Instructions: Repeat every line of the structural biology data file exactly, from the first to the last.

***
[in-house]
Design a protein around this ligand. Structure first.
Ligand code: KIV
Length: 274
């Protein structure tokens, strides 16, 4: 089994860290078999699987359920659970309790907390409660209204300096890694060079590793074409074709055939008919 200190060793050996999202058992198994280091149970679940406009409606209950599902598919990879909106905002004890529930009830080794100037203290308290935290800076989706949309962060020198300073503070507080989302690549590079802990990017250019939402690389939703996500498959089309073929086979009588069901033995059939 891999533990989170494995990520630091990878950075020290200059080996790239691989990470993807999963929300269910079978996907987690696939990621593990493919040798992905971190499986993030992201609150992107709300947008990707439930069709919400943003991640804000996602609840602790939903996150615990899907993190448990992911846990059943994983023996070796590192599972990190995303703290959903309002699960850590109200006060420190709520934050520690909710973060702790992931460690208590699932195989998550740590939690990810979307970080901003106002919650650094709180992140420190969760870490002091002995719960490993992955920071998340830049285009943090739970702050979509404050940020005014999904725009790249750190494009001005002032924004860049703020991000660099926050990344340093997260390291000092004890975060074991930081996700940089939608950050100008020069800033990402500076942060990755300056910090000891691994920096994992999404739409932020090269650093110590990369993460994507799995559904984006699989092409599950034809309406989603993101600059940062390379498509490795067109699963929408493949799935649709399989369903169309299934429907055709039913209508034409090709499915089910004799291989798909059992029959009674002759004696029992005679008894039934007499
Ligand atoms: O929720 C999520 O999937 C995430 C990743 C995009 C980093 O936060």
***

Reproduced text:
[in-house]
Design a protein around this ligand. Structure first.
Ligand code: KIV
Length: 274
């Protein structure tokens, strides 16, 4: 089994860290078999699987359920659970309790907390409660209204300096890694060079590793074409074709055939008919 200190060793050996999202058992198994280091149970679940406009409606209950599902598919990879909106905002004890529930009830080794100037203290308290935290800076989706949309962060020198300073503070507080989302690549590079802990990017250019939402690389939703996500498959089309073929086979009588069901033995059939 891999533990989170494995990520630091990878950075020290200059080996790239691989990470993807999963929300269910079978996907987690696939990621593990493919040798992905971190499986993030992201609150992107709300947008990707439930069709919400943003991640804000996602609840602790939903996150615990899907993190448990992911846990059943994983023996070796590192599972990190995303703290959903309002699960850590109200006060420190709520934050520690909710973060702790992931460690208590699932195989998550740590939690990810979307970080901003106002919650650094709180992140420190969760870490002091002995719960490993992955920071998340830049285009943090739970702050979509404050940020005014999904725009790249750190494009001005002032924004860049703020991000660099926050990344340093997260390291000092004890975060074991930081996700940089939608950050100008020069800033990402500076942060990755300056910090000891691994920096994992999404739409932020090269650093110590990369993460994507799995559904984006699989092409599950034809309406989603993101600059940062390379498509490795067109699963929408493949799935649709399989369903169309299934429907055709039913209508034409090709499915089910004799291989798909059992029959009674002759004696029992005679008894039934007499
Ligand atoms: O929720 C999520 O999937 C995430 C990743 C995009 C980093 O936060």